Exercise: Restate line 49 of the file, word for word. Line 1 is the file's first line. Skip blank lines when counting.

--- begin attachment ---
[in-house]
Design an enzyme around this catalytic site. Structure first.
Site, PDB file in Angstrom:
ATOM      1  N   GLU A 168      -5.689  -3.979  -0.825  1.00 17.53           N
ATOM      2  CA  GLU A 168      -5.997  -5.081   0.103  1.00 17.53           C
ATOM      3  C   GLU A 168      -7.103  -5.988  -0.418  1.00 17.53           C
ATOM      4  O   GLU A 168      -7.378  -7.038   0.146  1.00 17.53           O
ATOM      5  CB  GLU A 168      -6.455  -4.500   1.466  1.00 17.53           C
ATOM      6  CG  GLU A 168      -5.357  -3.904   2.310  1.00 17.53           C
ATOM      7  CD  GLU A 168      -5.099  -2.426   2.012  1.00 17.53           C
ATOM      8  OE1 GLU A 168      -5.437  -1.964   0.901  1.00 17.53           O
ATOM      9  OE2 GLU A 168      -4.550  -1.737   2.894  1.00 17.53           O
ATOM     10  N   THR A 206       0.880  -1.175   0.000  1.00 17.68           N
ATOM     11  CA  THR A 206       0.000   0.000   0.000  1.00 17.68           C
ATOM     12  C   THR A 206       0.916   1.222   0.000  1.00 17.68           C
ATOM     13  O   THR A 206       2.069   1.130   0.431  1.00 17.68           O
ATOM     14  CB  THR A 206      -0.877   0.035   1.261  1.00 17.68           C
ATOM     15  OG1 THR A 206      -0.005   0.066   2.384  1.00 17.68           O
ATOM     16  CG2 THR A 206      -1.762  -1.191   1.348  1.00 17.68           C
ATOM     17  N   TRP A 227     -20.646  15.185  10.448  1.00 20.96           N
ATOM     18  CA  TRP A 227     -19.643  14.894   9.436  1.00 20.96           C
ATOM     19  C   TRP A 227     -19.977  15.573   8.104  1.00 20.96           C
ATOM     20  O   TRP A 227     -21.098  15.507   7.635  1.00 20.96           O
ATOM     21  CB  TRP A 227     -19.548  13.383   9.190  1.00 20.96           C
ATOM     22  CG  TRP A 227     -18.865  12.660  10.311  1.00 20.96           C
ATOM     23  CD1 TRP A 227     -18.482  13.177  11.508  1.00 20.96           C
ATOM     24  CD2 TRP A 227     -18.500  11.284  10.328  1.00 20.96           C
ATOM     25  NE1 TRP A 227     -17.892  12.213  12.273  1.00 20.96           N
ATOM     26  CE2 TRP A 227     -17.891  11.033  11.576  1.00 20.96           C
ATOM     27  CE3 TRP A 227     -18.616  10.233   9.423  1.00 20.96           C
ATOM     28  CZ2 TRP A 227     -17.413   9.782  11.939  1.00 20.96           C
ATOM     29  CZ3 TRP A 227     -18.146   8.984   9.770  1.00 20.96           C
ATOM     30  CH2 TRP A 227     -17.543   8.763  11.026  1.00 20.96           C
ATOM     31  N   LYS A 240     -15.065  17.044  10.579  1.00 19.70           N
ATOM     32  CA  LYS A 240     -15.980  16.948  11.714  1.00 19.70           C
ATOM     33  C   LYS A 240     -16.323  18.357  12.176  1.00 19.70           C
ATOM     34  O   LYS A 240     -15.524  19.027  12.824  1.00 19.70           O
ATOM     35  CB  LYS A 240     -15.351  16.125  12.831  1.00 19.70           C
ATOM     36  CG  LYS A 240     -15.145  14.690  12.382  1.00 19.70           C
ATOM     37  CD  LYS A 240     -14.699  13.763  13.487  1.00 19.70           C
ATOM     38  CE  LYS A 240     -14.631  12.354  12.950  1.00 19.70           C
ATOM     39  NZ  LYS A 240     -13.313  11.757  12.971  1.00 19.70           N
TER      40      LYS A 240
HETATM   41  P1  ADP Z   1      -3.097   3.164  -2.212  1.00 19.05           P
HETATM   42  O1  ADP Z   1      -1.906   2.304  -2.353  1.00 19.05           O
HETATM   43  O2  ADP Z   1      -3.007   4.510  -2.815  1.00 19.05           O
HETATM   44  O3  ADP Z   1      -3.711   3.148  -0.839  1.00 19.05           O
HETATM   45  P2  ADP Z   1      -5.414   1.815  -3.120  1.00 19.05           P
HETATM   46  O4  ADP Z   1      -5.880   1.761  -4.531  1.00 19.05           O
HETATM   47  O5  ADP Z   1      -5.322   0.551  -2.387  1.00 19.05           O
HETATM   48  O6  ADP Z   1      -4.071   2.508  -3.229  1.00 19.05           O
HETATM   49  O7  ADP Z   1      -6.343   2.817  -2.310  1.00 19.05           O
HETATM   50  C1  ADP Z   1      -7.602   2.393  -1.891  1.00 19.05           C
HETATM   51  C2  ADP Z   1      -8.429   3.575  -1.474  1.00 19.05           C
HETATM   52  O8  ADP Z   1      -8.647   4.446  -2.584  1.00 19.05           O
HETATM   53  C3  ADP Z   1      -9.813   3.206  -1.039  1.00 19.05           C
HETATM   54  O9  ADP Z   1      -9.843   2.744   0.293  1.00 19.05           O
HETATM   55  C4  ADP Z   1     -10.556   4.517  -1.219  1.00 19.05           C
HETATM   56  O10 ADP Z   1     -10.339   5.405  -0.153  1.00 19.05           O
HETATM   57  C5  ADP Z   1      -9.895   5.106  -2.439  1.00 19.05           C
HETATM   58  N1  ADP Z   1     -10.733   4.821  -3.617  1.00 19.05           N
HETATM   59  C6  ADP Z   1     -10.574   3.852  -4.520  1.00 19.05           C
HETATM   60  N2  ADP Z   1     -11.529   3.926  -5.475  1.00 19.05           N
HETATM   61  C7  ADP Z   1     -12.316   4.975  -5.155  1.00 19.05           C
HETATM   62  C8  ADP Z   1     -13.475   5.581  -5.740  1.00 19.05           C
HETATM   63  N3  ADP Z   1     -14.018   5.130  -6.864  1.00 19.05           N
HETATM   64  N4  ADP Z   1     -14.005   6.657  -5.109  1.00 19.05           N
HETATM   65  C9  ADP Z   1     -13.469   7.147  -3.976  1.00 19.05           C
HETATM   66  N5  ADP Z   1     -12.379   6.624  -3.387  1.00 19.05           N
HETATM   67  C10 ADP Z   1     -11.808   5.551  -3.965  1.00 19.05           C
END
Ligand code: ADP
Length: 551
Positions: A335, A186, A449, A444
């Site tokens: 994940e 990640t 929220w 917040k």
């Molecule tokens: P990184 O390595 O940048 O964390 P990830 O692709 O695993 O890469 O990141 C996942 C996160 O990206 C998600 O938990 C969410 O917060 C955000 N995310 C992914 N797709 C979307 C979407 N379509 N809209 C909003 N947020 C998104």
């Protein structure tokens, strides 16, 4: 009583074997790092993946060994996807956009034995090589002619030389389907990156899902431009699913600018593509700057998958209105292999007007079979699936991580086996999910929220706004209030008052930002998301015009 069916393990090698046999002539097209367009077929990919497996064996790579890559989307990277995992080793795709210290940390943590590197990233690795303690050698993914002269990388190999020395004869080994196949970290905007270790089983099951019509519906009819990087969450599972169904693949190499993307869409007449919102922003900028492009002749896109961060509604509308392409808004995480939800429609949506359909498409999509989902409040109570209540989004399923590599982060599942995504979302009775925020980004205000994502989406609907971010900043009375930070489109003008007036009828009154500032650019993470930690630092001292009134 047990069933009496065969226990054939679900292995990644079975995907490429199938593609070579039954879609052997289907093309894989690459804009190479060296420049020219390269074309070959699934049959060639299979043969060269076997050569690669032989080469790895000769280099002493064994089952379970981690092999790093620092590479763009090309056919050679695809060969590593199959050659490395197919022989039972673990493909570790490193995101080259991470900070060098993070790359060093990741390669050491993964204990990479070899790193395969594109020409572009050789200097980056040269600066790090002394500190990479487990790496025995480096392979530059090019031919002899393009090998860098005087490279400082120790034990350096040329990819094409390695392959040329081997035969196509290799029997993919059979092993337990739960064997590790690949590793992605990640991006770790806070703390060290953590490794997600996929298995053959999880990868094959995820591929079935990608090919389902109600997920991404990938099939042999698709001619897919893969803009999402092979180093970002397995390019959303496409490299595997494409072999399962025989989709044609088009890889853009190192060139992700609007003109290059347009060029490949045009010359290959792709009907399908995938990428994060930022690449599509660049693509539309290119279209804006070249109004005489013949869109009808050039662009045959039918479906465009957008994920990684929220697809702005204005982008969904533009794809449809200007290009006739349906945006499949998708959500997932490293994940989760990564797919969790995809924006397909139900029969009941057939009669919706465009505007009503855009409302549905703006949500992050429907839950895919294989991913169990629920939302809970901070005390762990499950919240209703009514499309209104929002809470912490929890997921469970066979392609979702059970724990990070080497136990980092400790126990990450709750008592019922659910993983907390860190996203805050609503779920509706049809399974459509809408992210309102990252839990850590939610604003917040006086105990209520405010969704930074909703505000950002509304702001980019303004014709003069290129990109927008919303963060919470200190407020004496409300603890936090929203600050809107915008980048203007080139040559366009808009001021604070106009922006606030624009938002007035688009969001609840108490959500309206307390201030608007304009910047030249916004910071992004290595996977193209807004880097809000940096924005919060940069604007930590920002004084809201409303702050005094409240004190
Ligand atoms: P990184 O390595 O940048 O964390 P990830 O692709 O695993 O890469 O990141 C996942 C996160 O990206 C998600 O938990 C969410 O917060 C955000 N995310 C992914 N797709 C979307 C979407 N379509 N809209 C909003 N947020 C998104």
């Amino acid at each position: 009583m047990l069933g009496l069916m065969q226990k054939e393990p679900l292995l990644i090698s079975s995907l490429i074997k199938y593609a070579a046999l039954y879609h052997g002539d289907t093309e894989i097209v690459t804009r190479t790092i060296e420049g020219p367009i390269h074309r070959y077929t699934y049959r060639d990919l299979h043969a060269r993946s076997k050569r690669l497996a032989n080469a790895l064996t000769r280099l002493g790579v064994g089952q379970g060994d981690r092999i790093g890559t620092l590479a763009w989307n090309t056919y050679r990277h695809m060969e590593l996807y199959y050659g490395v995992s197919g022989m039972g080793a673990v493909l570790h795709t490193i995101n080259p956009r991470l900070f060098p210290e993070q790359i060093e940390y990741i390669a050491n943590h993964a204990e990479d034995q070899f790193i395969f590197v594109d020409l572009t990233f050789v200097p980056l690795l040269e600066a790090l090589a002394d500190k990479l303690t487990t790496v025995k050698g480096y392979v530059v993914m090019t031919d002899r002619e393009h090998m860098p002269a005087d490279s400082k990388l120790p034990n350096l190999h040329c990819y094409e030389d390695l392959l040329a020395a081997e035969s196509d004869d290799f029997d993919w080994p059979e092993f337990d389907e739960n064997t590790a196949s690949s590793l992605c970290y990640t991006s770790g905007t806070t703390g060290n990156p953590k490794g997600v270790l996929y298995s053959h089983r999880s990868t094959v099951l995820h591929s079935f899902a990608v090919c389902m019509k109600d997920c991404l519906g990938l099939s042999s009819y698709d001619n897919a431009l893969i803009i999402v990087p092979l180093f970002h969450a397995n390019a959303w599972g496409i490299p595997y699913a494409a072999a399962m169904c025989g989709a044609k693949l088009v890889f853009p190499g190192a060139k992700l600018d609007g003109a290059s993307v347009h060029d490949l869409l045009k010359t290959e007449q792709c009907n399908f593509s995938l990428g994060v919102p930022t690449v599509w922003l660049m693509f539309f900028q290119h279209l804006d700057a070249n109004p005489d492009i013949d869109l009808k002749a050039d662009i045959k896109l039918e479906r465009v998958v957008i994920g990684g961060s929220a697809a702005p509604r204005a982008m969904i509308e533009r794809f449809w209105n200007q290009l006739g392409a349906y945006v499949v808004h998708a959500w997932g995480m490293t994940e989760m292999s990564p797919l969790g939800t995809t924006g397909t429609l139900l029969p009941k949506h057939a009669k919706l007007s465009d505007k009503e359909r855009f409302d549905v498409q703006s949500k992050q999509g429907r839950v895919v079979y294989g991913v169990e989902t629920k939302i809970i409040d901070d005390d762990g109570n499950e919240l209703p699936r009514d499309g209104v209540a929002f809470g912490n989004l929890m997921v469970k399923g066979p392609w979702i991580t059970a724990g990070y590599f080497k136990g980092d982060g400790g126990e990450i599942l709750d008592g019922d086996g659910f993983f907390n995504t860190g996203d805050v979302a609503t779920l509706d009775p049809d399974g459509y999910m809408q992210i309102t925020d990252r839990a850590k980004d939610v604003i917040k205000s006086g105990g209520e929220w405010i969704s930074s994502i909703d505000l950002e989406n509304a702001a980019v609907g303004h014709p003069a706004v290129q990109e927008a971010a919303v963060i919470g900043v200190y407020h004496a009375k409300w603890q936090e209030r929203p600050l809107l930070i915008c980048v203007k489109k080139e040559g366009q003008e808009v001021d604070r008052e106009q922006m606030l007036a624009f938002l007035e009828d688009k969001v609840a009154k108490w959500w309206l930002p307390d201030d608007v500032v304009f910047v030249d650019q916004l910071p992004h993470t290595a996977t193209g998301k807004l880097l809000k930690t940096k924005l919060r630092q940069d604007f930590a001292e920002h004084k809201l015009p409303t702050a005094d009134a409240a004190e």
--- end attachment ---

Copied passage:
HETATM   46  O4  ADP Z   1      -5.880   1.761  -4.531  1.00 19.05           O